How can you connect the poem "Ode to My Socks" to larger cultural issues? What does the poem say about our culture?

Expert Answers
sagetrieb eNotes educator| Certified Educator

Towards the end of the poem the speaker says 

"...I resisted the sharp temptation
to save them somewhere as schoolboys
keep fireflies,
as learned men collect
sacred texts,
I resisted the mad impulse to put them
in a golden cage and each day give them
birdseed and pieces of pink melon."

He then concludes that: "“beauty is twice / beauty / and what is good is doubly / good / when it is a matter of two socks / made of wool / in winter.”  The poem argues against the aesthetic of "art for art's sake," that the greatest art has little function except to simply "be"--and many would argue that is the function of a poem, a painting, or even a piece of music. Beauty has a function, the poem suggests, and it is made more beautiful by its function.  It's no good putting something beautiful someplace safe so that it cannot be touched or lived; rather, we should intetrate beauty into our lives in such a way that we can appreciate the beauty in even the most everyday, mundane sort of objects or activities.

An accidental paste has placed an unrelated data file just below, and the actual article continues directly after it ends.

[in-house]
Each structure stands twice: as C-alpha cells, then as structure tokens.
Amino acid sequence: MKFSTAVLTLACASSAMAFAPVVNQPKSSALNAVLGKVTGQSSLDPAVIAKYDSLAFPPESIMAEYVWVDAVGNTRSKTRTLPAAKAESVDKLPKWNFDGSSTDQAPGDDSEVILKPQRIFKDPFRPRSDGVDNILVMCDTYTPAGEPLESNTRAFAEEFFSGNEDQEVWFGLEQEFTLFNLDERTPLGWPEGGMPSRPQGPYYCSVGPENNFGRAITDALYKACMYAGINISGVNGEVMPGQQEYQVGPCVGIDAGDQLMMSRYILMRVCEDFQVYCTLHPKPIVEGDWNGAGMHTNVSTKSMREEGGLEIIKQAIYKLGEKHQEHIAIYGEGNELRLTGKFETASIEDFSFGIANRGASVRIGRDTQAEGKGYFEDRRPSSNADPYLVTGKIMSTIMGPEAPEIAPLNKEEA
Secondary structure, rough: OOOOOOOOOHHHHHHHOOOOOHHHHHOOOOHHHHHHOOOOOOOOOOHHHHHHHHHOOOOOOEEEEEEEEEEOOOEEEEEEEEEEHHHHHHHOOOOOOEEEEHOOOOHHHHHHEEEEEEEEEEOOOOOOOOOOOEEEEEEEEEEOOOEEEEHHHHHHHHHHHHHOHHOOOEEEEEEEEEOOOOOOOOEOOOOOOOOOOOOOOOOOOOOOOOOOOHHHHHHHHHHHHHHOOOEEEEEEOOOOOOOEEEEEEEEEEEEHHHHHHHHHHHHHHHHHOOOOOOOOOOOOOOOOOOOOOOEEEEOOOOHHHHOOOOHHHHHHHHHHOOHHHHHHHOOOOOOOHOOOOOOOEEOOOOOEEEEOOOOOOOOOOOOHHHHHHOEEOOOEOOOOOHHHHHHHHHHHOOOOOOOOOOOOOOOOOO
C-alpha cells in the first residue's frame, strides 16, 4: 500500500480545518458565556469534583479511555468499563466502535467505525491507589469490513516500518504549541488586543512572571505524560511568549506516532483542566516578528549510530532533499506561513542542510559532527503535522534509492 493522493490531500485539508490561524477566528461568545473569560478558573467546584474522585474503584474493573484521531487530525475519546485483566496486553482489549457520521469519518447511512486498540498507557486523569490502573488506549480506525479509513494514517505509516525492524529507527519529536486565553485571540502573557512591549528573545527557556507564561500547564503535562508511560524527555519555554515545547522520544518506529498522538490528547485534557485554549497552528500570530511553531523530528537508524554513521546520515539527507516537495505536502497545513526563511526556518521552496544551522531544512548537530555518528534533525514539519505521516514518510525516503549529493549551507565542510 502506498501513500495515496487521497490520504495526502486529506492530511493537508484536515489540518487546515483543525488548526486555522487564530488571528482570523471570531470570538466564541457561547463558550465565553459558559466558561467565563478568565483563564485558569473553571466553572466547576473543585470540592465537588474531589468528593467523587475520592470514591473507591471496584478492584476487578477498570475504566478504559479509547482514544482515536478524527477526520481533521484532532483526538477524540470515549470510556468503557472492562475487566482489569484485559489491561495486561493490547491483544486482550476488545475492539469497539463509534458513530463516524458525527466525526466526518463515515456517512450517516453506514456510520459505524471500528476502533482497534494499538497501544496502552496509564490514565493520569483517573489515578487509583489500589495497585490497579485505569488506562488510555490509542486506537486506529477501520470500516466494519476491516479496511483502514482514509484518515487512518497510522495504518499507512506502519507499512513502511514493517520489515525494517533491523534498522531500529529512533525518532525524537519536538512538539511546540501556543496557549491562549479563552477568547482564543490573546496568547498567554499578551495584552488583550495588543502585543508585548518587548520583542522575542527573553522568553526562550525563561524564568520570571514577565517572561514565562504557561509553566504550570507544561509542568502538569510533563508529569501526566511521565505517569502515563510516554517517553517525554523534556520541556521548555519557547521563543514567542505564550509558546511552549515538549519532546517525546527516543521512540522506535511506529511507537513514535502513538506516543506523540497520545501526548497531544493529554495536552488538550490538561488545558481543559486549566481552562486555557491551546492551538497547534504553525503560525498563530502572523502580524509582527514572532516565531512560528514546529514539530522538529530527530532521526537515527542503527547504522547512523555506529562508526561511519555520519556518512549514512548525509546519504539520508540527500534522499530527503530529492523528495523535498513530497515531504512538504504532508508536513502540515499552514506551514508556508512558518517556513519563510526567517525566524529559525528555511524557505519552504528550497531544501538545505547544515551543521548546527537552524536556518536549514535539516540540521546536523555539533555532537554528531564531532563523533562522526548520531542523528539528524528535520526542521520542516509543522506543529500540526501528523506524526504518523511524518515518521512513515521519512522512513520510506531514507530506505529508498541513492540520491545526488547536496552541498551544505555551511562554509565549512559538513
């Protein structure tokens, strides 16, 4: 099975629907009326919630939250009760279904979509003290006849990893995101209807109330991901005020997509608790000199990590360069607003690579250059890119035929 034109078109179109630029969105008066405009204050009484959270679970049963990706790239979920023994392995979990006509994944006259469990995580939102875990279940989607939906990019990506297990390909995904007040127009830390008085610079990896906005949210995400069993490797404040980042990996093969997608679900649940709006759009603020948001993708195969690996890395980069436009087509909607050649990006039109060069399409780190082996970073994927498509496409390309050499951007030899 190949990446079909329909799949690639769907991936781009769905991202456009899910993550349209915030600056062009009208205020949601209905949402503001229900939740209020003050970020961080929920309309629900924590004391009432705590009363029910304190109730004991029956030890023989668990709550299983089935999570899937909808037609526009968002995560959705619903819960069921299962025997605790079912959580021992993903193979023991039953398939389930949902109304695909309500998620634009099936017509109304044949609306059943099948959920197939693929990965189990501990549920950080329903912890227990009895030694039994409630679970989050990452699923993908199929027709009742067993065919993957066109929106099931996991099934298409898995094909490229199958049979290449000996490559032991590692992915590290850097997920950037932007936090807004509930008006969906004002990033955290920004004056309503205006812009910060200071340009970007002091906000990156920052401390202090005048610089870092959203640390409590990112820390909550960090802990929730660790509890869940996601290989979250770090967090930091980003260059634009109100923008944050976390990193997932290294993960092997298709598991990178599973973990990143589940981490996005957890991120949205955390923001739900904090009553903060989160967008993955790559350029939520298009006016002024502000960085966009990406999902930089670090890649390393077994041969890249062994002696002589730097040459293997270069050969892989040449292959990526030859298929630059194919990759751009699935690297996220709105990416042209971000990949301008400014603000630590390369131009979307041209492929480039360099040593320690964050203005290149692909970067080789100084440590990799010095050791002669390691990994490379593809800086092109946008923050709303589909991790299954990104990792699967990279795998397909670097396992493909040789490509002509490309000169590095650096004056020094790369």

amy-lepore eNotes educator| Certified Educator

An ode to such a commonplace thing may mean lethargy.  It is a humorous subject, so it could comment on the humor of the age. One could argue that since not all persons in the world currently have or have ever had socks, that it is not a universal theme.  I love Neruda, and I think much of that is do the beauty of the language he chooses regardless of the theme.